Today in politics: Friday May 24, 2013

Last updated 05:00 24/05/2013

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New Zealand 'most talked about destination' among Chinese - President Xi Keep Kiwi goods coming, says Xi Beehive Live: Andrew Little's first big gig Gerry Brownlee: Roger Sutton inquiry 'distracting' Xi guest of honour at Auckland dinner MP in the firing line as parkers see red NZ, Australia abandon joint medicine agency New Zealand 'settled peacefully' - PM Health cost-cutting scheme HBL shelved Scope for further ties with China - President Xi Jinping

'Disaster' averted, says Cunliffe

Labour's David Cunliffe says ''disaster'' has been averted by changes to the State Sector and Public Finance Reform Bill. Public servants were set to lose redundancy entitlements and employment rights, but after ''tough negotiations'' in the finance and expenditure select committee amendments were made allowing them to retain their redundancy entitlements unless they accept a position ''no less favourable'' than their existing package.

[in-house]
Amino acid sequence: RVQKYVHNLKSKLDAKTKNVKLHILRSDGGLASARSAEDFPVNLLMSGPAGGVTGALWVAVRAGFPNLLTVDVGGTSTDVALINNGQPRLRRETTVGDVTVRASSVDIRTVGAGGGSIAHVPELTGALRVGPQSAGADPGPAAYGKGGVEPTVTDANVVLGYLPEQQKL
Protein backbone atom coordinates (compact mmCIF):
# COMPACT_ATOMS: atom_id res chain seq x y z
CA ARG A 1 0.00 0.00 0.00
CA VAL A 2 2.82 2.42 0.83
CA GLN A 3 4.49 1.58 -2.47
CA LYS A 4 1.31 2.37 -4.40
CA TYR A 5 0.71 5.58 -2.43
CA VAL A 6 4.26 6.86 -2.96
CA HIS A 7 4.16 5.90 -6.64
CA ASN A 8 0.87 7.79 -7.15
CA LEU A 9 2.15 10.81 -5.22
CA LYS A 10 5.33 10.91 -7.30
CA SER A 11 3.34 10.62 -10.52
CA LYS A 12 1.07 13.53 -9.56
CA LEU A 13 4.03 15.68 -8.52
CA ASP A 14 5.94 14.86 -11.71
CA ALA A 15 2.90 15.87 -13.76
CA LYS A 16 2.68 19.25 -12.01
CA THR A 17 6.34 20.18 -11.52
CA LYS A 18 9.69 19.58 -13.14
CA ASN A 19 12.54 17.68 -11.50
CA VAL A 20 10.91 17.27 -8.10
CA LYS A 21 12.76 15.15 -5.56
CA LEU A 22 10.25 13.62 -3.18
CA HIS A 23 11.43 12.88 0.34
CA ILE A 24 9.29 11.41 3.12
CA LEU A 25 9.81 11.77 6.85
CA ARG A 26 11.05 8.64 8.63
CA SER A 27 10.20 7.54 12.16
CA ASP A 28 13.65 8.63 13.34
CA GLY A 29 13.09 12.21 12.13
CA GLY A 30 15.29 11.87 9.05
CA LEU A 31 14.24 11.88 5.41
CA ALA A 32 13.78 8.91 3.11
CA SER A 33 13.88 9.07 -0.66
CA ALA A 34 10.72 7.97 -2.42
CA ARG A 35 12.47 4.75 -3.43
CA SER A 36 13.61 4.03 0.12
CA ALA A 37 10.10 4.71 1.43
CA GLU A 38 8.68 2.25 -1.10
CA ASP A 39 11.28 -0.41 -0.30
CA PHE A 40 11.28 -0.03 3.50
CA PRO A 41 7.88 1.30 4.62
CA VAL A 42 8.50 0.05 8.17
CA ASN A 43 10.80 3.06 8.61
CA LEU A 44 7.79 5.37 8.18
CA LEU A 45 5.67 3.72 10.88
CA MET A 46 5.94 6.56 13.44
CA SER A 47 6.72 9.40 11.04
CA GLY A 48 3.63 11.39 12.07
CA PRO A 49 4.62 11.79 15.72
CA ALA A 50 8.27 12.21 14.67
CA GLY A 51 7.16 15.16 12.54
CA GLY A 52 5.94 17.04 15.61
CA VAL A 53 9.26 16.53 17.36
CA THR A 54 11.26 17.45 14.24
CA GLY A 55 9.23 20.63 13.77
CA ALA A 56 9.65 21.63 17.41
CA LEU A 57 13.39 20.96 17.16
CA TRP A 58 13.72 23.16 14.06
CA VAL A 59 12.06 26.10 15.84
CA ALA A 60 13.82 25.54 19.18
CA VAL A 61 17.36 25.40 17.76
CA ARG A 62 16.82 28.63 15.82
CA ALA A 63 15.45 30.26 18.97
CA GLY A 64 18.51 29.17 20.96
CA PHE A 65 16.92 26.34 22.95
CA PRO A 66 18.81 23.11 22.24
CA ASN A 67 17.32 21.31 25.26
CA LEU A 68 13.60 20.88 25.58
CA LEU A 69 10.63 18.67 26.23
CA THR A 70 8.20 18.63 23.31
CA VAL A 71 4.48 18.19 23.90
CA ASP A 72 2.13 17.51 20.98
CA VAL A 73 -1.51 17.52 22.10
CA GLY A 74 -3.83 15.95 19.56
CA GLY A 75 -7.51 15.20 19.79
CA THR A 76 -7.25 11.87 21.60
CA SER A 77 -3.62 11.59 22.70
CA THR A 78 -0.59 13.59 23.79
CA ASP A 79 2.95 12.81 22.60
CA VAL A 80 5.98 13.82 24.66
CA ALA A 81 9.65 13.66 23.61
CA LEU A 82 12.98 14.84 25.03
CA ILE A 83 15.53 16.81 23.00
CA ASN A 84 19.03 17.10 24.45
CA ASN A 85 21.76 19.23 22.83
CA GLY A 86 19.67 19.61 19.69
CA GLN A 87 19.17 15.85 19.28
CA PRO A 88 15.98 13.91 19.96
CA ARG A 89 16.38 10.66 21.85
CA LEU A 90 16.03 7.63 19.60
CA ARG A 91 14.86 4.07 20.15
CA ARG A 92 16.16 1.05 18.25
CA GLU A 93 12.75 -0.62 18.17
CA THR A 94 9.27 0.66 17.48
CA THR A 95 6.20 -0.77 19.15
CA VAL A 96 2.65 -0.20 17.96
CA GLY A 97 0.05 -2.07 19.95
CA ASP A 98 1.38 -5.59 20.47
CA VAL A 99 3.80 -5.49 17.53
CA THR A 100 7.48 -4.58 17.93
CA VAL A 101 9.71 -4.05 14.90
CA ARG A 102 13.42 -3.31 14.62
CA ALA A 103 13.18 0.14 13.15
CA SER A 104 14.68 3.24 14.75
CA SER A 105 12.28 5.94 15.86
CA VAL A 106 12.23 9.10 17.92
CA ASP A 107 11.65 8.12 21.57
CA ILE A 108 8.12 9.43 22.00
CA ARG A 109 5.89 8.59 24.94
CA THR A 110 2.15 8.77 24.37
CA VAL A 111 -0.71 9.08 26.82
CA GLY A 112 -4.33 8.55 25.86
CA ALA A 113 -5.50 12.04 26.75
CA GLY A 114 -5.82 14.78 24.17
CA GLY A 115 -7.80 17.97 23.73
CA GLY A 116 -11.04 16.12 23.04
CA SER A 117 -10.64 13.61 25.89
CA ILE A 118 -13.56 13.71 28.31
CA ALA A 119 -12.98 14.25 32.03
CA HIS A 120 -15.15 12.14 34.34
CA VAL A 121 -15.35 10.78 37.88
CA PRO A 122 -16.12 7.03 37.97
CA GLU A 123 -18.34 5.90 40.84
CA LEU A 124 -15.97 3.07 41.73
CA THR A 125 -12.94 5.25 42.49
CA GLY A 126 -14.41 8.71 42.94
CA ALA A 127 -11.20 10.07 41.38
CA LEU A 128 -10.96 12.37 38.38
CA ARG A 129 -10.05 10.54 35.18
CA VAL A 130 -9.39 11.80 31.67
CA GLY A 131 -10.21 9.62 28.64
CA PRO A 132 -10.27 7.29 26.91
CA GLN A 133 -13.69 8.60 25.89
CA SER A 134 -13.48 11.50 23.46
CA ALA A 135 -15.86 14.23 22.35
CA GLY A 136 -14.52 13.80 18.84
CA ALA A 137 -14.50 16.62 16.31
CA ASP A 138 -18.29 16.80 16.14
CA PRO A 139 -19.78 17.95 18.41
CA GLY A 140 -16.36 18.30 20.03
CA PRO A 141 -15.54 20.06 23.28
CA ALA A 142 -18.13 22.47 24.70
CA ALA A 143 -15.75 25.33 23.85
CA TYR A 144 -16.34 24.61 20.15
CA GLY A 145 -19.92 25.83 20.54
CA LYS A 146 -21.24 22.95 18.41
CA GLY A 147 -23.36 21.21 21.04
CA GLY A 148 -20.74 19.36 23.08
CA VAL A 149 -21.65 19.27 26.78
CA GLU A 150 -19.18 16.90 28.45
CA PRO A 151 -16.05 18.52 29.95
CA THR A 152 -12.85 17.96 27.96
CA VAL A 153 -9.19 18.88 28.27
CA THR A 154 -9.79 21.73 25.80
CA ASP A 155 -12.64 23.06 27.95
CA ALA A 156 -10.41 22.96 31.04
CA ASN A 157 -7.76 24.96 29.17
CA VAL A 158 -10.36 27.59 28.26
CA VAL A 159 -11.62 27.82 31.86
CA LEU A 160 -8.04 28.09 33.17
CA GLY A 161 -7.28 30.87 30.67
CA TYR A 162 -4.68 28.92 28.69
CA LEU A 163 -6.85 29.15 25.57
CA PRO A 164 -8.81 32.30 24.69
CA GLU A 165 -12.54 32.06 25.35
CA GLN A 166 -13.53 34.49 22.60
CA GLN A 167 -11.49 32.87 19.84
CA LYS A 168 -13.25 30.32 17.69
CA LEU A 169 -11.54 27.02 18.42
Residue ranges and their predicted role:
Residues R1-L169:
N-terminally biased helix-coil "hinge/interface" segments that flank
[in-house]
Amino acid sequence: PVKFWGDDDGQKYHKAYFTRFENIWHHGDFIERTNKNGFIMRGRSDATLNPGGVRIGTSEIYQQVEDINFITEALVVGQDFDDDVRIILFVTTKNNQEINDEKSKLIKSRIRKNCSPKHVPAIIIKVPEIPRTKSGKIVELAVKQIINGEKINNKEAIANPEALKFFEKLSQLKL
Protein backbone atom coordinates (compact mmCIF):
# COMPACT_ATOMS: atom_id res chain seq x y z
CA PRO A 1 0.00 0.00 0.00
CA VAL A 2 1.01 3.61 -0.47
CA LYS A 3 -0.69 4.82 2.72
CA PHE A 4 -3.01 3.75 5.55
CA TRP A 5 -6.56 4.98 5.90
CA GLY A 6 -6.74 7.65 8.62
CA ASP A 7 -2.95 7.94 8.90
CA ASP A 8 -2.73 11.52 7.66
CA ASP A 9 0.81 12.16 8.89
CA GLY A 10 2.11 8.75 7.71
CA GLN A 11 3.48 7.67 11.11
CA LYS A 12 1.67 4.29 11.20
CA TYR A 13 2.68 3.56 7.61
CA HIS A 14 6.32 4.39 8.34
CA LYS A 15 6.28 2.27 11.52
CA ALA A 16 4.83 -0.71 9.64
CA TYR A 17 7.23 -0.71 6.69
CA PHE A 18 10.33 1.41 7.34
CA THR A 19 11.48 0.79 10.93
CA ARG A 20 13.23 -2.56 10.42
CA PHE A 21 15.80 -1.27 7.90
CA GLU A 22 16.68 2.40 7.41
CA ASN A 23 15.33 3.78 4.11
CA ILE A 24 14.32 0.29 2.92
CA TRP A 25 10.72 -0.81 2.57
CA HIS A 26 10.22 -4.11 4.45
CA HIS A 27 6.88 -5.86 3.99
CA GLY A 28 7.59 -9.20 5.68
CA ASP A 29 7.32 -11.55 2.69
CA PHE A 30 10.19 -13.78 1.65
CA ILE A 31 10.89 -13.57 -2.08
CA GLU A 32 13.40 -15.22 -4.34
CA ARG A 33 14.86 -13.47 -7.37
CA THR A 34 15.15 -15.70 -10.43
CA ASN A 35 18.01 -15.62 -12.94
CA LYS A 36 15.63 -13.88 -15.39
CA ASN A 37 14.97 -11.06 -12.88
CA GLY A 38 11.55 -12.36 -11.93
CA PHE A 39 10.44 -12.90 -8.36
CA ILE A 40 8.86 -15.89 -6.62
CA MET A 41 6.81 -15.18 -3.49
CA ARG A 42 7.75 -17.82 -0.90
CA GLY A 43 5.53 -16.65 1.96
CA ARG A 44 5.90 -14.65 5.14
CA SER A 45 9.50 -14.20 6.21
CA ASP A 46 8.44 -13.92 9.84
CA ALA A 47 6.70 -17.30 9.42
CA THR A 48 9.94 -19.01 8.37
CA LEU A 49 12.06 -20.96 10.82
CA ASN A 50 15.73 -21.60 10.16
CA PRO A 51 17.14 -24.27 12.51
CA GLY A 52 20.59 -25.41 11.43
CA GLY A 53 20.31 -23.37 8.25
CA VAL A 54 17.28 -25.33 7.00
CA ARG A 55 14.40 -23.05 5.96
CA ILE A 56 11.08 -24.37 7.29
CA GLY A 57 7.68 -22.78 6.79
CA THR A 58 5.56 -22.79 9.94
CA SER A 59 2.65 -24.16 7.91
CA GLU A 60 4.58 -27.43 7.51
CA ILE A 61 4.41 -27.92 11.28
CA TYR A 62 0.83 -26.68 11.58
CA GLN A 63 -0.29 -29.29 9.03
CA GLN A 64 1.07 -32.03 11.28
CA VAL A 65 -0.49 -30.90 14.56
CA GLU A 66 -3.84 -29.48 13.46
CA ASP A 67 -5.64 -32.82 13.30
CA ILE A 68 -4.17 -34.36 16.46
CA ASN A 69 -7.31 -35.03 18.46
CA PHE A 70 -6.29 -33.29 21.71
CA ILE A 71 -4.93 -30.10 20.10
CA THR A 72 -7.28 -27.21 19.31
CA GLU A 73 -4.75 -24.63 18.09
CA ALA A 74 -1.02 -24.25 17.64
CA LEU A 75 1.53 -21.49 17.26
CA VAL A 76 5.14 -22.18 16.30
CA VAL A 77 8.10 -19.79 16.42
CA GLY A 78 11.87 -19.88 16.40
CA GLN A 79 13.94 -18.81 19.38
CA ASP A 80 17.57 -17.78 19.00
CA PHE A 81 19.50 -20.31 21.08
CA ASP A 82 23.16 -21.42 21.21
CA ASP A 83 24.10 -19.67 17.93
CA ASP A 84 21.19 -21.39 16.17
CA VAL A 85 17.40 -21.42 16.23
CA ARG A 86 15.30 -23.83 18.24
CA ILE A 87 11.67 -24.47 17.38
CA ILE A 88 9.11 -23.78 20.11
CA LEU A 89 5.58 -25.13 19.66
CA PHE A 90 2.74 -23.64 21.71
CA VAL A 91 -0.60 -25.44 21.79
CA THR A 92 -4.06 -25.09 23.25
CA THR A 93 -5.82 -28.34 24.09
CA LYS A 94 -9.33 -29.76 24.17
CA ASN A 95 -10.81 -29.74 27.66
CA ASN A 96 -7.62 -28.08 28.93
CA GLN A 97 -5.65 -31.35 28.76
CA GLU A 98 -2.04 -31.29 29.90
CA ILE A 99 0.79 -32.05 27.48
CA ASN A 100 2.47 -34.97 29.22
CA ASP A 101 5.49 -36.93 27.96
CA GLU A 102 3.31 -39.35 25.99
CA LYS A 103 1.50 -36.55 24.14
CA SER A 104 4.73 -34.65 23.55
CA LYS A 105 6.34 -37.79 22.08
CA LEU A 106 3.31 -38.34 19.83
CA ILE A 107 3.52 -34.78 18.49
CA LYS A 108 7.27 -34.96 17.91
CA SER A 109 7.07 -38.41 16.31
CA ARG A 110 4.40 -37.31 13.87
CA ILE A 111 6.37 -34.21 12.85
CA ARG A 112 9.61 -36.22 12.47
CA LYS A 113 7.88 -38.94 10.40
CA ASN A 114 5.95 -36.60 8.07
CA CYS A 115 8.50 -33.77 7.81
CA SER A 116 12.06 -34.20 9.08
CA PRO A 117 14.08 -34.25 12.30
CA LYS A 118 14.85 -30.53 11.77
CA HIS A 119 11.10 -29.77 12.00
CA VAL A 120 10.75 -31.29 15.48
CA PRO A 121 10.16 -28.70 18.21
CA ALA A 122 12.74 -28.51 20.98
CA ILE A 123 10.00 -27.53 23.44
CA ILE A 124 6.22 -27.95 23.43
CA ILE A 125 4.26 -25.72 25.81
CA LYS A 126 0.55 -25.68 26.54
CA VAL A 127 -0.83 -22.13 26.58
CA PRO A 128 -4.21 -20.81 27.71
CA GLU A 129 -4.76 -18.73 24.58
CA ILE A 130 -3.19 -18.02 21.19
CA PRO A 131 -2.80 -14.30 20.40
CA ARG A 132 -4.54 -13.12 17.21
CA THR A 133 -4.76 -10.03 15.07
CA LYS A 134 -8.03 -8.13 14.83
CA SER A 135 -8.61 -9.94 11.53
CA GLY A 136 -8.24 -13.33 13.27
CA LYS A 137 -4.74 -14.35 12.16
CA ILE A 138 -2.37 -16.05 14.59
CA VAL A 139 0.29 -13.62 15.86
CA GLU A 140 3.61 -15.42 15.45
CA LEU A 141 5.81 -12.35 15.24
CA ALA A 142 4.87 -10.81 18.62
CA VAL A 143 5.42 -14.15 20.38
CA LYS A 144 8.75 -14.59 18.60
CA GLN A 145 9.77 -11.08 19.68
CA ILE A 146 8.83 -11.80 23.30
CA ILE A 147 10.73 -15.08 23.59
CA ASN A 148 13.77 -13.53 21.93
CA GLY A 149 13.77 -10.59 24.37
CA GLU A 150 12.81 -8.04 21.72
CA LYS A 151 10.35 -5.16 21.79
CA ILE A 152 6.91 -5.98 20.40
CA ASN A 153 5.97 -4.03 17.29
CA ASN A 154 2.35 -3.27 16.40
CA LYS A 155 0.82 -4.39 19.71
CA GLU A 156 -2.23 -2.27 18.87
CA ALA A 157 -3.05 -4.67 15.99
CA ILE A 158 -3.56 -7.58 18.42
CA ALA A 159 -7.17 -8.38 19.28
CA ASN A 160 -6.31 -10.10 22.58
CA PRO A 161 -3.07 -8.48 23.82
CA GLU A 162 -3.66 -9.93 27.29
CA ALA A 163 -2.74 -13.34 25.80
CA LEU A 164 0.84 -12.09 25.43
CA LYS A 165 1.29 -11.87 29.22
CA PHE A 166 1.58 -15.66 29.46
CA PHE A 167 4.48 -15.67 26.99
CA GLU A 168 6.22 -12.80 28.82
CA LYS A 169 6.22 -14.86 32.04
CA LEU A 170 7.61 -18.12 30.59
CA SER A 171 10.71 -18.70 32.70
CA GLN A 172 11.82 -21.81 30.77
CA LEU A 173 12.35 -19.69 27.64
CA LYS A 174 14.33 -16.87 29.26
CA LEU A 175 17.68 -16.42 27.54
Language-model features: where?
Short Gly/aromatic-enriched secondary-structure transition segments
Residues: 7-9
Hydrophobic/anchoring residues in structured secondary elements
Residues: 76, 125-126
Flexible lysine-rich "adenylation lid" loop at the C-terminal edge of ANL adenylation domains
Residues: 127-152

The father, the sons and the holy alliance

Defence chief Rhys Jones had an interesting take on New Zealand's place in the ''Five Eyes'' security arrangement when explaining it to the US-NZ Partnership Forum this week. He described Britain as the father, the United States as the mother - ''it does all the work'' - and Australia and Canada as the rival siblings. ''We're the five-year-old and mother and father tell the siblings to go and take New Zealand out to play,'' he said.

Struggle to pay bills 'proves' power  too high

The latest Canstar Blue power survey, showing 36 per cent of households can't afford to heat their homes adequately in winter, was pounced on by the Opposition as vindication of their radical power policies. Green co-leader Russel Norman said it highlighted the need for lower prices and better insulation and Labour leader David Shearer pointed to an increase of 3000 people who have had their power cut off because they could not pay their bills.

Minister in possession of dubious jersey

Primary Industries Minister Nathan Guy was adamant that the major meat block in China had nothing to do with their authorities battling counterfeit meat, but it appears the minister has some dodgy goods in his own office. Adorning his wall is an All Blacks jersey from the 2011 Rugby World Cup. It is one of a batch quietly withdrawn by adidas because it contained extra advertising - for Climacool - contravening tournament rules.

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